Anthem breach

I have Anthem. What should I do?

anthemvarvelcartoon
Cartoon by Gary Varvel

So since the Anthem data breach occurred, several people who either currently have or have had Anthem coverage have asked me what they should do.  To the best of my knowledge, Anthem has not yet sent out any notification letters informing individuals that their specific information was breached.  But, Anthem seems to know the universe of individuals whose information may have been compromised, and this is what they are using to notify the general public about the scope of the breach that has occurred. Anthem has set up a website to provide information about what happened and what data may have been compromised. For the time being, they are saying that if you are or have been a client of Anthem’s affiliated health plans and/or a member of other independent Blue Cross and Blue Shield plans in the last 10 years (essentially since 2004), you may be impacted.  Many companies who offer insurance through Anthem have posted links or emailed their employees about the fact that the breach occurred.  For my colleagues here at UConn, you may have seen that Kevin Lembo, the Comptroller for the State of Connecticut, has posted a notification to State Employees about the breach on the Office of the State Comptroller’s website.

So back to my post from yesterday:  I have just learned that my information may have been compromised in the Anthem Breach; what do I do?  Well, first I would start with Anthem’s informational website they created about the breach.  Anthem is offering an option for individuals who may have been impacted by the breach to protect themselves for the next 24 months (and some of the services carry over beyond 24 months depending on what you choose to do).

More information about what Anthem is offering through AllClear ID can be found here. But to get you started, AllClear ID is offering a couple of different options to those impacted by the Anthem breach:  AllClear Secure and AllClear PRO.  The services are very different.

So should you consider the services offered through AllClear ID?  Is AllClear ID reputable?  Is taking a wait-and-see approach and using AllClear Secure if you find your identity has been harmed later the right approach? What about the fact that you would have to give AllClear ID your social security number to enroll in AllClear PRO?

Enrolling in services such as those provided by AllClear ID is a personal choice.  If you are not opening up new credit any time soon (i.e., buying a car, opening a credit card, buying a home), you may be comfortable waiting or monitoring your credit on your own. If you are going to be opening up new credit, or do not want to monitor your credit on your own, you may want to consider AllClear PRO as an option.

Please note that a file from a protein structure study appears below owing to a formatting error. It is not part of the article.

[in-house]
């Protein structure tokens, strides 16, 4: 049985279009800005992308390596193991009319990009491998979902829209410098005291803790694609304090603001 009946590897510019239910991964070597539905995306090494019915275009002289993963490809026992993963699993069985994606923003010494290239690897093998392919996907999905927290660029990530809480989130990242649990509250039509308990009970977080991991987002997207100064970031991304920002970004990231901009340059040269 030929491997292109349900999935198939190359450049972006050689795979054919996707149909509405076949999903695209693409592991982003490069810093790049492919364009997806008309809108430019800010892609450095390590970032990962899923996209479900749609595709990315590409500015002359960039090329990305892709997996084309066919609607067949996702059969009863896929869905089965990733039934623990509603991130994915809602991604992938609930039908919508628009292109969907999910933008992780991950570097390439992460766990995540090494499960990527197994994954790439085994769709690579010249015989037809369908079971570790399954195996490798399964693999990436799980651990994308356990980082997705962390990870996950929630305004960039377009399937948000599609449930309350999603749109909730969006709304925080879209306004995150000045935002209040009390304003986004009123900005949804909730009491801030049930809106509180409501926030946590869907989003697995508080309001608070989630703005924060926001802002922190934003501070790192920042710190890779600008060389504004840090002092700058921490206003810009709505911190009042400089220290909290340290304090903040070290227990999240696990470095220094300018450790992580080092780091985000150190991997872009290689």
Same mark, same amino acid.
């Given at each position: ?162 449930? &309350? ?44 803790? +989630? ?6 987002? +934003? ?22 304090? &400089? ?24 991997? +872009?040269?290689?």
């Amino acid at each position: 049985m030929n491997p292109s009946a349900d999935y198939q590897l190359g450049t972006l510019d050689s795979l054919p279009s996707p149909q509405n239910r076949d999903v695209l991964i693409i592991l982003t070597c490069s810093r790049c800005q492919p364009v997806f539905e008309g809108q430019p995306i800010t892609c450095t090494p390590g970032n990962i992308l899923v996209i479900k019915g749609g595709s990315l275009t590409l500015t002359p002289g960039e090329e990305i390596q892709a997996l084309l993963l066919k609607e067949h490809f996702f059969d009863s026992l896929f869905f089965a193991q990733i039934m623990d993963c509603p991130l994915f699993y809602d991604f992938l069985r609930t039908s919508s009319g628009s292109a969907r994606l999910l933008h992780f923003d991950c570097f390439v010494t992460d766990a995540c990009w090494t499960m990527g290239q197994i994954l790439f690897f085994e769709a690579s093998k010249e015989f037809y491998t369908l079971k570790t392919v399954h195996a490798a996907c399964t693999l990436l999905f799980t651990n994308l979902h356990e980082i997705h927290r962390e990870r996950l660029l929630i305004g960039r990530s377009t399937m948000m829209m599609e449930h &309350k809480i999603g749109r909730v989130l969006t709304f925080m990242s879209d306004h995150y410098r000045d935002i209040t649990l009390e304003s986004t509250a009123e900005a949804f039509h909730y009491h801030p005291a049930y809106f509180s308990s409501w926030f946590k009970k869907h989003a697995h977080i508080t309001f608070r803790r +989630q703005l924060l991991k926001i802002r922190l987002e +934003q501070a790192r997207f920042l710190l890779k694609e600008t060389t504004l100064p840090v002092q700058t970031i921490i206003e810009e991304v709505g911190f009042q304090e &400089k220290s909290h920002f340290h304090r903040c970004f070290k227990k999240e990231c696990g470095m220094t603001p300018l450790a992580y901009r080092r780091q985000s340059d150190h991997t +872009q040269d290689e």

Yes, AllClear ID is a known entity.  They have handled numerous of the large breaches.  In full disclosure, they are the vendor that UConn has used when we have had data breaches in the past. There are certainly other reputable companies in the marketplace that offer credit monitoring and/or identity repair services.  Your bank and credit card companies likely offer services as well.  Again, how you personally monitor your credit and your own sensitive information is a personal choice.

BUT, be aware that there are also scam artists out there looking to further take advantage of the vulnerability you are now feeling.

So here are my suggestions:

  1. Read the notifications you receive from your employer, on Anthem’s general breach information websites and should you receive one, direct notification to you from Anthem.
  2. Read the options that Anthem is offering through AllClear ID.  Call AllClear ID at 877-263-7995 and ask questions of their advisors if you feel you need more information about the services available.
  3. Think about your own personal situation.  Decide what (if any) sort of credit monitoring, protection, insurance and/or assistance might be useful for you.
  4. And again, going back to my blog post from yesterday, visit the Federal Trade Commission’s (FTC) identity theft information page, the Better Business Bureau, your State’s Attorney General (here is Connecticut’s) or Consumer Protection agencies, and the credit bureaus (Experian, Transunion, Equifax) for more information and other options to assist you.